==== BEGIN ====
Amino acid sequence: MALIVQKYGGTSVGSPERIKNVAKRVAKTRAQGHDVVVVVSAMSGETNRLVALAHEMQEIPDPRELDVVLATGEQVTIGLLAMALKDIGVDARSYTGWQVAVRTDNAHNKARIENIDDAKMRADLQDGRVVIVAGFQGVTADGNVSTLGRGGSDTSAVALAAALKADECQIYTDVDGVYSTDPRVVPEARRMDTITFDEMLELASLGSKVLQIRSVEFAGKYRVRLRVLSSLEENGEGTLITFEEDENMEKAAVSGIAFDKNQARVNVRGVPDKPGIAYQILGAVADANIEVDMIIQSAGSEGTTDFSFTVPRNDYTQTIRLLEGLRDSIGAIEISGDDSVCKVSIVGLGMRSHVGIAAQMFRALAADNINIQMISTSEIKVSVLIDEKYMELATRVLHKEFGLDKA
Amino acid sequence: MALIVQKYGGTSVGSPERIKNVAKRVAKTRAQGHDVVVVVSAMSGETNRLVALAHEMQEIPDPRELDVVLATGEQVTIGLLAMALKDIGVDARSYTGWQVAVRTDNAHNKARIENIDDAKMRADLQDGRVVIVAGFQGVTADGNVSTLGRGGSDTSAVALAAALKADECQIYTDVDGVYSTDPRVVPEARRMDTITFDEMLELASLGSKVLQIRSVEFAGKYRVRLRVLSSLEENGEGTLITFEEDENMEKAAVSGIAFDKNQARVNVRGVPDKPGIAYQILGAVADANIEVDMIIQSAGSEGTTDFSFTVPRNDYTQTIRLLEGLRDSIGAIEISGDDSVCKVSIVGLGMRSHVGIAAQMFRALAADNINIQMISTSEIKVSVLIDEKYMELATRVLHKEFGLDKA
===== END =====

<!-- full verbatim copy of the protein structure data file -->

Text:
Amino acid sequence: MALIVQKYGGTSVGSPERIKNVAKRVAKTRAQGHDVVVVVSAMSGETNRLVALAHEMQEIPDPRELDVVLATGEQVTIGLLAMALKDIGVDARSYTGWQVAVRTDNAHNKARIENIDDAKMRADLQDGRVVIVAGFQGVTADGNVSTLGRGGSDTSAVALAAALKADECQIYTDVDGVYSTDPRVVPEARRMDTITFDEMLELASLGSKVLQIRSVEFAGKYRVRLRVLSSLEENGEGTLITFEEDENMEKAAVSGIAFDKNQARVNVRGVPDKPGIAYQILGAVADANIEVDMIIQSAGSEGTTDFSFTVPRNDYTQTIRLLEGLRDSIGAIEISGDDSVCKVSIVGLGMRSHVGIAAQMFRALAADNINIQMISTSEIKVSVLIDEKYMELATRVLHKEFGLDKA
Amino acid sequence: MALIVQKYGGTSVGSPERIKNVAKRVAKTRAQGHDVVVVVSAMSGETNRLVALAHEMQEIPDPRELDVVLATGEQVTIGLLAMALKDIGVDARSYTGWQVAVRTDNAHNKARIENIDDAKMRADLQDGRVVIVAGFQGVTADGNVSTLGRGGSDTSAVALAAALKADECQIYTDVDGVYSTDPRVVPEARRMDTITFDEMLELASLGSKVLQIRSVEFAGKYRVRLRVLSSLEENGEGTLITFEEDENMEKAAVSGIAFDKNQARVNVRGVPDKPGIAYQILGAVADANIEVDMIIQSAGSEGTTDFSFTVPRNDYTQTIRLLEGLRDSIGAIEISGDDSVCKVSIVGLGMRSHVGIAAQMFRALAADNINIQMISTSEIKVSVLIDEKYMELATRVLHKEFGLDKA